Picking up from that point in the last article, we can now discuss how that affects taxation.  If trust accounting income is supposed to go to the current beneficiary, then for tax purposes that income will be “pushed out” of the trust and reported on the tax returns of the current beneficiary instead of the trust.  To the extent that revenues are considered principal transactions, and are therefore slated for the remainder beneficiaries down the road, the trust pays the taxes instead.  Capital gains used to be taxed at the same rate whether the income was pushed out to the current beneficiary, or taxed in the trust.  Now, with the potential 8.8% additional tax on capital gains taxed to the trust, it matters a lot!

If there is a genuine concern that the remainder beneficiary should ultimately receive the money from gains due to appreciation, then the 8.8% additional tax would be worth it.  For many grantors that set up trusts, however, a big concern is minimizing the tax impact, and they would rather structure the trust to distribute the gains to the current beneficiary to save taxes.  This would be especially true when there is a close relation between the current beneficiary and the remainder beneficiary, such as a parent and a child, and even more so if there is a presumption that the parent will eventually give the money to the child anyway either during life or upon death.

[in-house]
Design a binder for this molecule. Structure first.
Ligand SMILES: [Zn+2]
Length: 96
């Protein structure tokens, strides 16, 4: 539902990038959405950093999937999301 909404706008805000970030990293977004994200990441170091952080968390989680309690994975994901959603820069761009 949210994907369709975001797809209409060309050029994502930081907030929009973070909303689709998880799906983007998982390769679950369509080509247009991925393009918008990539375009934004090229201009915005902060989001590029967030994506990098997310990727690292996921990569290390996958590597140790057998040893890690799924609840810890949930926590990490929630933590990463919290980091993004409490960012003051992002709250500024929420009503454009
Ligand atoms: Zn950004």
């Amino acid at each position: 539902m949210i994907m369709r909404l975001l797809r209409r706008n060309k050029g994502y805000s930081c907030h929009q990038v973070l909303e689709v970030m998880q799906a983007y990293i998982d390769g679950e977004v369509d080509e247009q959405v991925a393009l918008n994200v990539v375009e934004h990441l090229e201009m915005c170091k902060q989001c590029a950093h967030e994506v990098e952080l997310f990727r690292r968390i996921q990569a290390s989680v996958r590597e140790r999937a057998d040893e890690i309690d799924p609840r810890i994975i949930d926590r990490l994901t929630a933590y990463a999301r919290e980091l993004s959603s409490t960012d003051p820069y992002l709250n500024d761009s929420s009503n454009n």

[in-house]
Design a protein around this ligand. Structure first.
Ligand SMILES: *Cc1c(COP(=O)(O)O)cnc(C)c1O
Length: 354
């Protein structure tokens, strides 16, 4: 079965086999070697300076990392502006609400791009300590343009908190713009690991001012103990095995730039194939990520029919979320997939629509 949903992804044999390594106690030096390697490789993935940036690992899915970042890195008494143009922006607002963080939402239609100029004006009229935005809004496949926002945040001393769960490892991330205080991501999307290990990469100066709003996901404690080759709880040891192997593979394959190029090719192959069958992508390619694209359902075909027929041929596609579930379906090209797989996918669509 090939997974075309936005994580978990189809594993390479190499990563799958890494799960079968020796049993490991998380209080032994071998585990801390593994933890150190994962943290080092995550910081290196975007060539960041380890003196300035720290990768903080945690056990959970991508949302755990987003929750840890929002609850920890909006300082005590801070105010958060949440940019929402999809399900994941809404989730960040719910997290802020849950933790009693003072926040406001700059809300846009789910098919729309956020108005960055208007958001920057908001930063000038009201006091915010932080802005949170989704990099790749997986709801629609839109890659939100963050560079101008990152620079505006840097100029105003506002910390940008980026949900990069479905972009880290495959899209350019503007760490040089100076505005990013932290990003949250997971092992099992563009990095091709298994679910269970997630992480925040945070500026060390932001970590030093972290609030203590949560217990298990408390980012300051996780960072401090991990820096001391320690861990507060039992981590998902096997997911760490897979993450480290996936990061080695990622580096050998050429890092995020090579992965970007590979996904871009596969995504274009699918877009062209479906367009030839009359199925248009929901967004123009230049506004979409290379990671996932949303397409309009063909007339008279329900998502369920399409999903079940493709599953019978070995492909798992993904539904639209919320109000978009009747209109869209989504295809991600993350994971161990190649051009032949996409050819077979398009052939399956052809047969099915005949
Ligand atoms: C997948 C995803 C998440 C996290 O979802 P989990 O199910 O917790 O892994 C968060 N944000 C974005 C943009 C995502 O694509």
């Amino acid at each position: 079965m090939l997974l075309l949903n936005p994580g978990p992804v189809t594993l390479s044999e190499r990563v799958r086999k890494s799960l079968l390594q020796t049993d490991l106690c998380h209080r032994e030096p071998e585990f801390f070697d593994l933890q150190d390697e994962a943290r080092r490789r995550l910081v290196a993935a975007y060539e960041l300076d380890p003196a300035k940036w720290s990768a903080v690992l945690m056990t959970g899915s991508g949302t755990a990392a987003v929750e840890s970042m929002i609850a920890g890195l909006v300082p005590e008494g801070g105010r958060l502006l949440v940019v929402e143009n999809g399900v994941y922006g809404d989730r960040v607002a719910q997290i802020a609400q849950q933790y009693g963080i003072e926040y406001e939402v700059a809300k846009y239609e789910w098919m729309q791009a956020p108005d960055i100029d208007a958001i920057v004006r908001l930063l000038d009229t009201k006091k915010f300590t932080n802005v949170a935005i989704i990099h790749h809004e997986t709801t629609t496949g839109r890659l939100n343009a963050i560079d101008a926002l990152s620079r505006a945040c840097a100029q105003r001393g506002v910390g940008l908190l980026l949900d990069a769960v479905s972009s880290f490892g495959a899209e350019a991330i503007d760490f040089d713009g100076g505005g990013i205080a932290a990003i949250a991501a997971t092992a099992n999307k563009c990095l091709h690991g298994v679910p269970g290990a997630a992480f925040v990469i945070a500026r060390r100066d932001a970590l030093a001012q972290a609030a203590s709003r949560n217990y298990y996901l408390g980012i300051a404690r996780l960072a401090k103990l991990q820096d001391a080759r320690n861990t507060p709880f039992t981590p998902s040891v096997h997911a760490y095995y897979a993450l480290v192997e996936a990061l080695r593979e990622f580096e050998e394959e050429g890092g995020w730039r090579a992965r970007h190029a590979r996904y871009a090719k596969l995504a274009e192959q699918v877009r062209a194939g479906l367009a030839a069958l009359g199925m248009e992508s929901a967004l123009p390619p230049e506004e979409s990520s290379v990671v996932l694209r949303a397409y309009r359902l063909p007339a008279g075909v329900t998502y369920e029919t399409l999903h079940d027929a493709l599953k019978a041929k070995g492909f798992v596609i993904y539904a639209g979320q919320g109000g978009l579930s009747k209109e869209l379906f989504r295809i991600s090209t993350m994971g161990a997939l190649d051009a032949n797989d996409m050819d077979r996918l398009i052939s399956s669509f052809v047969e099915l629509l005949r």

If you are in the process of setting up a trust, I think this subject is an essential conversation that should be had between you, your attorney, and your tax professional.  The attorney can draft language to allow the trustee the power to allocate the gains on sales to trust accounting income.  It is worth mentioning that the underlying Treasury Regulation 1.643(a)-3 examples and Private Letter Ruling 200617004 place heavy emphasis on consistency by the trustee.  In other words, you cannot flip back and forth each year between allocating capital gains to income or principal; you pick a method and stick with it. I think there will be resistance from some attorneys out of habit, or rote concern for the remainder beneficiaries in considering something like this.  It is true, it may not always be the right choice, but I think given the changed landscape, it could be right for many people.